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Contraband
12/08/2011

Leader of the Zapata drug trafficking and money laundering organization pleads guilty

LAREDO, Texas – The leader of a drug trafficking and money laundering organization operating near Zapata, Texas, pleaded guilty on Thursday. The case is a result of a three-year investigation by various federal, state and local law enforcement agencies.

Pedro Navarro Jr., 36, of Zapata, pleaded guilty Dec. 8 for his role in moving marijuana and methamphetamines and laundering proceeds from drug sales that began June 2006 and ran through June 2011.

According to court documents, Navarro admitted that between February 2008 and June 2011, he was responsible for transporting numerous loads of controlled substances from the Zapata-area to other parts of Texas and beyond. Some of these drug loads were seized by law enforcement, including numerous loads of marijuana totaling thousands of kilograms and about five kilograms of methamphetamine which was seized in Beasley, Texas, on or about April 5, 2011.

During court proceedings, Navarro also admitted he was a member and leader of the drug trafficking conspiracy responsible for these marijuana and methamphetamine loads. In addition to being responsible for transporting drugs, he also admitted to using a residence to store the marijuana after it had been smuggled from Mexico into the United States. This marijuana would normally be ferried across a lake from Mexico at night in small boats, which would pull up to his residence located on the lake. There, individuals would then unload the marijuana. Navarro would then ensure the marijuana was loaded into passenger vehicles at the residence, which were driven to final destination points.

Navarro also admitted that he conspired with others to launder money, which represented the proceeds of his drug trafficking. He agreed to transport large amounts of U.S. currency, which were the proceeds of drug trafficking, from the Zapata-area to Mexico. He did this with the intention of promoting the continued operation of his drug trafficking business. Navarro specifically agreed to help transport this money to Mexico, where it would be given to other members of the drug trafficking and money laundering conspiracies.

One of the specific loads of money for which Navarro was responsible included about $23,425 seized at or near Hebbronville, Texas, on March 9, 2010. Navarro also used some of the proceeds he made from drug trafficking to build a residence in Zapata. During the course of the drug trafficking conspiracy, the members of conspiracy were responsible for generating illicit proceeds in the amount of at least $18 million.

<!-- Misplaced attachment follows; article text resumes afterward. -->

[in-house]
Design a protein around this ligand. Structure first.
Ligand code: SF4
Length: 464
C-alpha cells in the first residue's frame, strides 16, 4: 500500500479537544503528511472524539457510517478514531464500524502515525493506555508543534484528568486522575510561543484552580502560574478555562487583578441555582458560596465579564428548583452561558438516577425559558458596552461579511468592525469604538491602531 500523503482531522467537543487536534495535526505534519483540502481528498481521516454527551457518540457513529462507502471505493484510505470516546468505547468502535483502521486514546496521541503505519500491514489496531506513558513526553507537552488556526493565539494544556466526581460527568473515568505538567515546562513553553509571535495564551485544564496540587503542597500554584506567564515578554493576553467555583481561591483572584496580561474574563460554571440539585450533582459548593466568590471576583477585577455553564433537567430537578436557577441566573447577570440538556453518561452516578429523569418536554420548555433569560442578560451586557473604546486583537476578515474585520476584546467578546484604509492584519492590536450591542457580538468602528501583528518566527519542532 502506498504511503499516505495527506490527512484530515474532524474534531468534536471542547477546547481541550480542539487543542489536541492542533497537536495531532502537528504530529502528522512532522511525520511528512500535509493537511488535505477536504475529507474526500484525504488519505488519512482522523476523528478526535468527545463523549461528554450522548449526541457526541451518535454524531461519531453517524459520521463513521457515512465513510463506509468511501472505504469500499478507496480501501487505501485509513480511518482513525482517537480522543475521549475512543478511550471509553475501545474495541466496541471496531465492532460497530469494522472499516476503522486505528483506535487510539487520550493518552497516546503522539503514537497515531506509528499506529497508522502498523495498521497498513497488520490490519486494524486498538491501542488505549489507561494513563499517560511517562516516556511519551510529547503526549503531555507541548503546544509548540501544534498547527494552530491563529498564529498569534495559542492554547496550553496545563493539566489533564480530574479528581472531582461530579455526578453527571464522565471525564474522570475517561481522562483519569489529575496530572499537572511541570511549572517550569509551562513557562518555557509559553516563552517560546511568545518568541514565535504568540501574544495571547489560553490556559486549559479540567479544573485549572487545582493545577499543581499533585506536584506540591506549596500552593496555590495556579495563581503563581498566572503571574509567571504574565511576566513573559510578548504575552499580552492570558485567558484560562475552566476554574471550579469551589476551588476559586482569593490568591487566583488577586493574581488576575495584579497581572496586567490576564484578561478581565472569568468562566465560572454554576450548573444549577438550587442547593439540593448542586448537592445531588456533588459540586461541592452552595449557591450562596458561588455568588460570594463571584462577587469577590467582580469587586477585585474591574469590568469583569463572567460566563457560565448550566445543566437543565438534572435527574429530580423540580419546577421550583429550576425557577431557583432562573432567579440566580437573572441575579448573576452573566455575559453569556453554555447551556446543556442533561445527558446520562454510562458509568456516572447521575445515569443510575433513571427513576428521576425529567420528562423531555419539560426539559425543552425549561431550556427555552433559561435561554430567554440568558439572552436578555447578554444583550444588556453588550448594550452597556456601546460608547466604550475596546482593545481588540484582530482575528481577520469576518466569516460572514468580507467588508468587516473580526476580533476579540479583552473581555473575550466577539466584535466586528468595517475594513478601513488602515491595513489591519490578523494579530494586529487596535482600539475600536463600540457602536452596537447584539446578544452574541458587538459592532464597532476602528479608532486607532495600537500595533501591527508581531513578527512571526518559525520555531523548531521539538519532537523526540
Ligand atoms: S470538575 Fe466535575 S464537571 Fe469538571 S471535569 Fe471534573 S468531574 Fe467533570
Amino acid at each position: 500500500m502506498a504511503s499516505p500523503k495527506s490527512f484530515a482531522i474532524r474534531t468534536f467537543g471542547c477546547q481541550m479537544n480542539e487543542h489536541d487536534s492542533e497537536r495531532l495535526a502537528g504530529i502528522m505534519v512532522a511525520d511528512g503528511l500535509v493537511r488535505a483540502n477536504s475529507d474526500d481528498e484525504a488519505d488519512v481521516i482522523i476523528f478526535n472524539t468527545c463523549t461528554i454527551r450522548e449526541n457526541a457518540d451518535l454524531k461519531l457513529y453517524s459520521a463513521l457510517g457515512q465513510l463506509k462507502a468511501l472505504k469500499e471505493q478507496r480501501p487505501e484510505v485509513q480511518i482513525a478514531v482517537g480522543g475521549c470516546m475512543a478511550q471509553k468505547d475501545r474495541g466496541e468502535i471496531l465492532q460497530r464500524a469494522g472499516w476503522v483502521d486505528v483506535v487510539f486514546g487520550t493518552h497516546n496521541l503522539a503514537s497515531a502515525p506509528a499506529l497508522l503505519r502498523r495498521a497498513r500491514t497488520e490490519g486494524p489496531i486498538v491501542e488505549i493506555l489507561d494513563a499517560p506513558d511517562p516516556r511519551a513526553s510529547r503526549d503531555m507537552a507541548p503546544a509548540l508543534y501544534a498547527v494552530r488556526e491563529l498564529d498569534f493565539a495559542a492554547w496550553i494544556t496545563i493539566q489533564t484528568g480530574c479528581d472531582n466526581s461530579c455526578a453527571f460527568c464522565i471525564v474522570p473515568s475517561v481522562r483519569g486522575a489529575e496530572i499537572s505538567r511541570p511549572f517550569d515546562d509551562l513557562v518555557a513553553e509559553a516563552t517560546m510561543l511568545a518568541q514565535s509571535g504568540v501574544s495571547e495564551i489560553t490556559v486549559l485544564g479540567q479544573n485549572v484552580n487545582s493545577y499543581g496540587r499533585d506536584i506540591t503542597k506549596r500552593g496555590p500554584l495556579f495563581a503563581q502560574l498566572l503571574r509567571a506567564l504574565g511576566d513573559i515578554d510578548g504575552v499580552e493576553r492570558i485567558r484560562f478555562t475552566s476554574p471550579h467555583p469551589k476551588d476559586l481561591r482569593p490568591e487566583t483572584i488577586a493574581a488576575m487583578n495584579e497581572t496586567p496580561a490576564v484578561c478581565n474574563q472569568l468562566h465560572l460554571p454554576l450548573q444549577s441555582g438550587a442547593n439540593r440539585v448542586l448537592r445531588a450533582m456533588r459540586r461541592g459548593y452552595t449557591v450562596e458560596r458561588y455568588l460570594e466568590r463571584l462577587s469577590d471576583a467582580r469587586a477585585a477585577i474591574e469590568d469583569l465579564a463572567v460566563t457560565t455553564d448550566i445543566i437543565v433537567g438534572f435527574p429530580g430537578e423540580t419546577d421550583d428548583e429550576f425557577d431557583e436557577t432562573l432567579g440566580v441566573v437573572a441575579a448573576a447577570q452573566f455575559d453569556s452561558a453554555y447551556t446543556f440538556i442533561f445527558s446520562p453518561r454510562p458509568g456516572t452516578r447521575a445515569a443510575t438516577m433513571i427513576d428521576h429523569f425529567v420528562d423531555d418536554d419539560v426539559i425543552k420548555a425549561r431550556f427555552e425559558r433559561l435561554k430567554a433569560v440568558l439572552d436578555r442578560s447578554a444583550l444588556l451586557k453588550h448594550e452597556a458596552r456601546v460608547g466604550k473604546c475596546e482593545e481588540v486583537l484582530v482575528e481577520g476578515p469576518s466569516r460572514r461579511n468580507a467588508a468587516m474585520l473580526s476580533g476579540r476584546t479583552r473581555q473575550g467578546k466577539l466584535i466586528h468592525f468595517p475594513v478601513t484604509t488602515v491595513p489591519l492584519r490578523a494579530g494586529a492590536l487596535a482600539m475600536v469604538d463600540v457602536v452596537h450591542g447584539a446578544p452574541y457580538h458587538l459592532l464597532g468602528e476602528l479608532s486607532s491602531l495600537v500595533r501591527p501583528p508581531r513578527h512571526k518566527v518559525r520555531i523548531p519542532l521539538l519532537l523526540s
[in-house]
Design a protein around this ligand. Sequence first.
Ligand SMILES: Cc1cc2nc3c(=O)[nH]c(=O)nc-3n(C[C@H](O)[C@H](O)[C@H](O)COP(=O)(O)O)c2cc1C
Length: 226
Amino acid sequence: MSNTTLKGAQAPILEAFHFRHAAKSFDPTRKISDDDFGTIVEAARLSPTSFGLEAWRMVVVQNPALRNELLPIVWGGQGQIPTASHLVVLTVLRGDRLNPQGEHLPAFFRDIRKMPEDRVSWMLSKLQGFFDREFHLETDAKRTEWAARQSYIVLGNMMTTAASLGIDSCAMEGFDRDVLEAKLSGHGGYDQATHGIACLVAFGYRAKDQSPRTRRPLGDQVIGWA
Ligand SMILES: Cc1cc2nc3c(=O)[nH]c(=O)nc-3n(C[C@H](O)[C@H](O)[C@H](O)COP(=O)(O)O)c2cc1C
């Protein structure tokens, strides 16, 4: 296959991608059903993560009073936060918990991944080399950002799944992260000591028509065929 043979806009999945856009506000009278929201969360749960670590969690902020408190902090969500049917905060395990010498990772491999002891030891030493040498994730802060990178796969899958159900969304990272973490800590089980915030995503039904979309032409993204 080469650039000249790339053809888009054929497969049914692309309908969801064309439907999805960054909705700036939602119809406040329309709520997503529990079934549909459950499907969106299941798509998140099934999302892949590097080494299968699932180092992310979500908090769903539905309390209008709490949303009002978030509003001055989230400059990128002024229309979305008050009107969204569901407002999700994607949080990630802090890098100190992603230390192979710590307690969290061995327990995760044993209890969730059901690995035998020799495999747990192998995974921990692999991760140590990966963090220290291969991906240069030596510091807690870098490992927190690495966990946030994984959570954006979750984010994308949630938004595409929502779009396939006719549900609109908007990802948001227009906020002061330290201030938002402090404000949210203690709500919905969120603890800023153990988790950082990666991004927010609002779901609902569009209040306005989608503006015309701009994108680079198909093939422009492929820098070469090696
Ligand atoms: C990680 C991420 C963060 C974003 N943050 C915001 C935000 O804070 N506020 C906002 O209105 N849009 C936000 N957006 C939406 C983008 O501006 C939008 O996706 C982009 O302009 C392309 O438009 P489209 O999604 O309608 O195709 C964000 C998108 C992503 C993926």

In addition to the guilty plea on Thursday, 15 additional co-conspirators have also pleaded guilty to various drug trafficking and money laundering charges. These individuals include: Alex Navarro, 21; Servando Guerrero Jr. aka "Mariachi, 36; Sandalio Ramos aka "Lalo," 41; Rene Davila, 29; Leonel Rodriguez aka "La Dona", 41; Juan Luis Rivera, 29; Jorge Grajeda Jr., 28; Juan Antonio Valadez Sr., 53; Jose Luis Gonzalez-Chapa, 23; Judith Zamora, 26; Clauida Medrano, 27; Leonides Navarro, 21; Maria Micaela Berrones, 23; Andres Quintero-Ortiz aka "Chango", 46; and Hermes Ramsden Leal, 19.

Sentencing for these 15 individuals and Navarro has not yet been scheduled. At sentencing, each faces a minimum of five years and up to life in prison, without parole, depending on their respective roles in the offenses and criminal history. In addition, as a result of their convictions, each defendant faces a fine ranging from $4 to $20 million.

In addition to the convictions of the 16 people listed above, the investigation has resulted in the seizure of more than 10,000 kilograms of marijuana, about five kilograms of methamphetamine and more than 30 grams of crack cocaine, as well as proceeds of illegal drug sales.

The following law enforcement agencies conducted this three-year investigation: the Drug Enforcement Administration and the Internal Revenue Service's Criminal Investigations Division, with assistance from U.S. Immigration and Customs Enforcement's (ICE) Homeland Security Investigations (HSI); the Federal Bureau of Investigation; U.S. Customs and Border Protection's Border Patrol; U.S. Customs and Border Protection; the U.S. Marshals Service; the Texas Department of Public Safety; the sheriff's departments in Zapata, Webb, Fort Bend, and Jim Hogg Counties, as well as police departments in La Joya and El Campo, Texas.

Assistant U.S. Attorney Arthur R. Jones, Southern District of Texas, is prosecuting this case.